[Web-SIG] Python 3.0 and WSGI 1.0.
graham.dumpleton at gmail.com
Fri Apr 3 00:27:21 CEST 2009
2009/4/3 James Y Knight <foom at fuhm.net>:
> On Apr 2, 2009, at 1:40 PM, Tres Seaver wrote:
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>> James Y Knight wrote:
>>> On Apr 2, 2009, at 7:33 AM, Graham Dumpleton wrote:
>>>> """When running under Python 3, servers MUST provide CGI HTTP
>>>> variables as strings, decoded from the headers using HTTP standard
>>>> encodings (i.e. latin-1 + RFC 2047)"""
>>>> Which is fair enough and basically what the RFCs say. At the moment I
>>>> don't apply RFC 2047 rules in Python 3.0 support in mod_wsgi, so just
>>>> need to do that.
>>> I'd really *really* like to recommend that any mention of RFC 2047 is
>>> stricken from the WSGI server requirements. I cannot imagine that
>>> decoding actually accomplishing anything other than opening security
>>> holes (think a filter in an upstream proxy that doesn't know how to do
>>> 2047-decoding passing something through that you now decode.)
>>> Also, you have to only do the decoding on TEXT words according to the
>>> spec, so the WSGI container now needs an HTTP header parser just in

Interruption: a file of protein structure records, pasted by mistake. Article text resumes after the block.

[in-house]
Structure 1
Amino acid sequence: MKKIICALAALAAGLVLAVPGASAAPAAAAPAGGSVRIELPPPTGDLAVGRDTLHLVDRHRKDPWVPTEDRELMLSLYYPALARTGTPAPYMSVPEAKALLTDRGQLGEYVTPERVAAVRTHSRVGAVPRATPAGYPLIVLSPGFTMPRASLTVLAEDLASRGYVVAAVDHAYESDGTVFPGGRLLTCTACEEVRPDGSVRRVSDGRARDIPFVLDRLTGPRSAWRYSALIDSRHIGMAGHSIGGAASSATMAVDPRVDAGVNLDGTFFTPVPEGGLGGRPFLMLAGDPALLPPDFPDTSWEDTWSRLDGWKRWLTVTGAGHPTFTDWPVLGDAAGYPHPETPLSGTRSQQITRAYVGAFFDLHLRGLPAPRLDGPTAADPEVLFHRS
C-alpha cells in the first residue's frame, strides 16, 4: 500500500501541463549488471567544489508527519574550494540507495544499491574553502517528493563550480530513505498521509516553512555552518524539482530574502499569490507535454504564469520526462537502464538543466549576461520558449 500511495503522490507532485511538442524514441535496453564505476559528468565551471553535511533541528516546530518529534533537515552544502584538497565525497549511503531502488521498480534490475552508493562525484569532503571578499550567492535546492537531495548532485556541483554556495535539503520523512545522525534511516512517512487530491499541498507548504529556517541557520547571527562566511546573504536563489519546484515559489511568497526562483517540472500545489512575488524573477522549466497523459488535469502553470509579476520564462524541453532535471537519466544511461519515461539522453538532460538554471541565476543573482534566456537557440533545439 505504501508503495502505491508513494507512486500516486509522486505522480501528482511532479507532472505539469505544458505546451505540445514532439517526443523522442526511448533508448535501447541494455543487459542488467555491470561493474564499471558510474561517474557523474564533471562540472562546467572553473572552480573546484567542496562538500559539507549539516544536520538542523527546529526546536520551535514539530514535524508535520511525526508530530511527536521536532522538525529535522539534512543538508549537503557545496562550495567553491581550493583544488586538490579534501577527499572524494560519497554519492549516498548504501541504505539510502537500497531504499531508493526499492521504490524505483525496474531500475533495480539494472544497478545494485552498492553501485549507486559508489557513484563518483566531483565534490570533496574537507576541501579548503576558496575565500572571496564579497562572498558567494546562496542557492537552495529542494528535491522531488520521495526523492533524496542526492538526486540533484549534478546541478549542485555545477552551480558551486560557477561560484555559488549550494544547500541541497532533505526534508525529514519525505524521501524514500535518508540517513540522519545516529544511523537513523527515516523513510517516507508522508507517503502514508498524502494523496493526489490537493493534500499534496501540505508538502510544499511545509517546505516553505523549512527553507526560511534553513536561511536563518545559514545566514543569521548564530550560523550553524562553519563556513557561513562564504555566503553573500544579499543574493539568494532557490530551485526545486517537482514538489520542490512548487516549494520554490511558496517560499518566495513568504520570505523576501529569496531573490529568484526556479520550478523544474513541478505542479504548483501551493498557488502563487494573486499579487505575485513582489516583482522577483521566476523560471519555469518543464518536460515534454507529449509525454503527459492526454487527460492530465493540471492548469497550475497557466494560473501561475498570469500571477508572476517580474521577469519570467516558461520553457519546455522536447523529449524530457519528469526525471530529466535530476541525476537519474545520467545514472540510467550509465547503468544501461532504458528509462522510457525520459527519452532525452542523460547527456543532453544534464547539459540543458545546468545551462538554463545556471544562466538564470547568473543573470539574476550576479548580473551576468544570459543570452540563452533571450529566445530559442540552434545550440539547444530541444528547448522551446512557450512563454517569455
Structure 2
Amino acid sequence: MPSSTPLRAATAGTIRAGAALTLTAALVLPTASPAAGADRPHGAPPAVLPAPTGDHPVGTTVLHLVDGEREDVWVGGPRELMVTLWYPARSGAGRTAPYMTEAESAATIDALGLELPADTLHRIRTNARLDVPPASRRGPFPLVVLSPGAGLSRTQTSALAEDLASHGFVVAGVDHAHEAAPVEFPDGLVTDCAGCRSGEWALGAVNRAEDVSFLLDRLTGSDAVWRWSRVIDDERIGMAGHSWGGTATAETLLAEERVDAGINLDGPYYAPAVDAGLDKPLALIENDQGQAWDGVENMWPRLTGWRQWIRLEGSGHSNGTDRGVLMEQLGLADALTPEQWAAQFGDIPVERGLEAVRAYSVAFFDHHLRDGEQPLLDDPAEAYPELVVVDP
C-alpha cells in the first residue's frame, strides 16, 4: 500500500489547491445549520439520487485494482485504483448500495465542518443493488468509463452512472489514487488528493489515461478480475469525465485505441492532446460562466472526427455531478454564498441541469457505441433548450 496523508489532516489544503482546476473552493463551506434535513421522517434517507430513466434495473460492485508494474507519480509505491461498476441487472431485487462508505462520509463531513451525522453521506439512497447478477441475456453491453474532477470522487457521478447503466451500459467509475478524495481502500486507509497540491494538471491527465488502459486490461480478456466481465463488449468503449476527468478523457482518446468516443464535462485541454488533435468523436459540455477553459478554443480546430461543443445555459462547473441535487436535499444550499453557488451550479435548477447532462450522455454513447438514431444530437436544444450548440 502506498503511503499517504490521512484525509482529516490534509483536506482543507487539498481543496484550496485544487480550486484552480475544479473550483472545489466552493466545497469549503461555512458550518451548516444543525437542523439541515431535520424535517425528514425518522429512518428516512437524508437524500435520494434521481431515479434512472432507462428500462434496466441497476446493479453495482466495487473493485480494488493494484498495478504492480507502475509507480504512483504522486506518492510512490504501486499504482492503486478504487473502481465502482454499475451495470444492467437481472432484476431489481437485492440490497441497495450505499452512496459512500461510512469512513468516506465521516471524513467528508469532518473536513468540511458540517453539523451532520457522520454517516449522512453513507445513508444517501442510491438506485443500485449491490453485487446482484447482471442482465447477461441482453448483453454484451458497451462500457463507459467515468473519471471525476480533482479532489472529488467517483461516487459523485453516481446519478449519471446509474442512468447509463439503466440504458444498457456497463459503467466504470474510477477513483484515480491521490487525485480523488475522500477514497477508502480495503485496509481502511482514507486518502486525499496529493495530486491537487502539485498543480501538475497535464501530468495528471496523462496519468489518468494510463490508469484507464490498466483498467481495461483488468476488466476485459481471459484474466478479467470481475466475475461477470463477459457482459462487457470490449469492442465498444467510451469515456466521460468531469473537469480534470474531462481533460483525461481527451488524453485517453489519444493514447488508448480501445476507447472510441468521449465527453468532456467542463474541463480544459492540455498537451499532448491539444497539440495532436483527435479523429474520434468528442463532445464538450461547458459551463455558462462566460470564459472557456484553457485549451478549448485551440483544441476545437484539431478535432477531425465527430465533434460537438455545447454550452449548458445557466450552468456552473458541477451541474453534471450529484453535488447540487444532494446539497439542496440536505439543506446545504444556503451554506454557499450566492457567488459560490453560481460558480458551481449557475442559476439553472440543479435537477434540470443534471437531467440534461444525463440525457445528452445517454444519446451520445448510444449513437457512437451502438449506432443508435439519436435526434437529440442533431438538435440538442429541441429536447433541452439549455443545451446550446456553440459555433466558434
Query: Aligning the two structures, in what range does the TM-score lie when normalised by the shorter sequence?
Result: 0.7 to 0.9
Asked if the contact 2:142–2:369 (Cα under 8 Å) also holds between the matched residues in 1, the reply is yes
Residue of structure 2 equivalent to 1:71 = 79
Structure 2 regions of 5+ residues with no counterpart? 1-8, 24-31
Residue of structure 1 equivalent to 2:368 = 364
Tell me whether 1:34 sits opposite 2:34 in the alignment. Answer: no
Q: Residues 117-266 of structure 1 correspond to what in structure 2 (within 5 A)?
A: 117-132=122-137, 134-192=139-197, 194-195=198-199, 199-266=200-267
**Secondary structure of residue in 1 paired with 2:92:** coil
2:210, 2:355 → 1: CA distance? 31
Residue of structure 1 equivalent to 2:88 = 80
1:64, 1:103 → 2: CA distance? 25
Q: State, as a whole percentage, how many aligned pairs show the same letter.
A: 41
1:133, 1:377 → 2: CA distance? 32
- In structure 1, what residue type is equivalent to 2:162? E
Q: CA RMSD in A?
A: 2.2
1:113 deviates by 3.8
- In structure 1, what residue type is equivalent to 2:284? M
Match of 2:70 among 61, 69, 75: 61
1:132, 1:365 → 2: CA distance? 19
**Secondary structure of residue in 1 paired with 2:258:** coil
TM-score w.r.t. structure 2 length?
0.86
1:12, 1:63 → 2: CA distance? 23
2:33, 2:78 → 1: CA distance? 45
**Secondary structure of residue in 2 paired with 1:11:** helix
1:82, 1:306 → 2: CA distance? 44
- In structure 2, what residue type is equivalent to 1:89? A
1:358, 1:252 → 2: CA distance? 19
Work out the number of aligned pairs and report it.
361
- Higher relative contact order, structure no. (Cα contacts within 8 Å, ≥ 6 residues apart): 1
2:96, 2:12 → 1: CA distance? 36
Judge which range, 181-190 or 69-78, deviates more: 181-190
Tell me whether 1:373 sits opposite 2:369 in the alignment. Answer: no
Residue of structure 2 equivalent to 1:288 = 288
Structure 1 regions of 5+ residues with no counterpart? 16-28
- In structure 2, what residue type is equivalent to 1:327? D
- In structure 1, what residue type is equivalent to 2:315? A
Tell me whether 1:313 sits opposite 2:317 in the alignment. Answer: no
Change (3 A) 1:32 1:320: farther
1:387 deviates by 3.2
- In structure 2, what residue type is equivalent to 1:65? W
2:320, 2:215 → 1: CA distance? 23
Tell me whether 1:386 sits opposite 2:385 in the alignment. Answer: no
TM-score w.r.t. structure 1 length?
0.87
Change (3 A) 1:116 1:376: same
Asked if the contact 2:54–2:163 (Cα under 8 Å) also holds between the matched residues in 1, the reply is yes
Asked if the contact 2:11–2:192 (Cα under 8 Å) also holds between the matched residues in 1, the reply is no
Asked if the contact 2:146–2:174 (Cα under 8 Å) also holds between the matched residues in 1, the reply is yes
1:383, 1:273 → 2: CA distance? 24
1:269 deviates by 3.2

>>> order to determine where it should decode RFC2047 words and where not
>>> to? I don't think so...
>> Couldn't the spec mandate that decoding RFC 2047 headers is the
>> responsibility of the non-middleware WSGI server? I agree that
>> middleware and applications shouldn't know ore care about that problem.
>> Under Python 2.x, the server would transcode those values to the
>> "common" encoding used for all values in the WSGI environment; under
>> Python 3.x, it would just decode them to unicode.
> I think you're saying you agree with exactly the opposite of what I meant.
> The server/gateway (aka apache mod_wsgi) *must not* be required to handle
> RFC2047 decoding. Only the application (or a header parsing library that the
> application uses) can possibly handle this properly.
> That's why I think it should not be mentioned at all in the WSGI
> requirements for the server.
> Furthermore, although they certainly can if they want, I'd recommend that no
> applications actually bother with doing such decoding, since RFC2047 words
> in http headers are essentially never used.
Having the WSGI adapter ignore it would be fine by me, as it then
effectively mirrors the current behaviour of Python 2.X. That is, in
Python 2.X the WSGI application would have to deal with them anyway.
If RFC2047 comes into play in response headers as well, then also the
WSGI application's responsibility there given that it should be
returning bytes for response headers and so would therefore have had
to apply such an encoding if necessary anyway.
For WSGI 1.0 and Python 3.0 can therefore possibly maintain the status
quo, or as close as possible, with Python 2.X behaviour. If we want to
think about changing it, then address it in WSGI 2.0 where more
significant changes being made anyway. Better that than for WSGI 1.0
and Python 2.X and Python 3.0 having different requirements.
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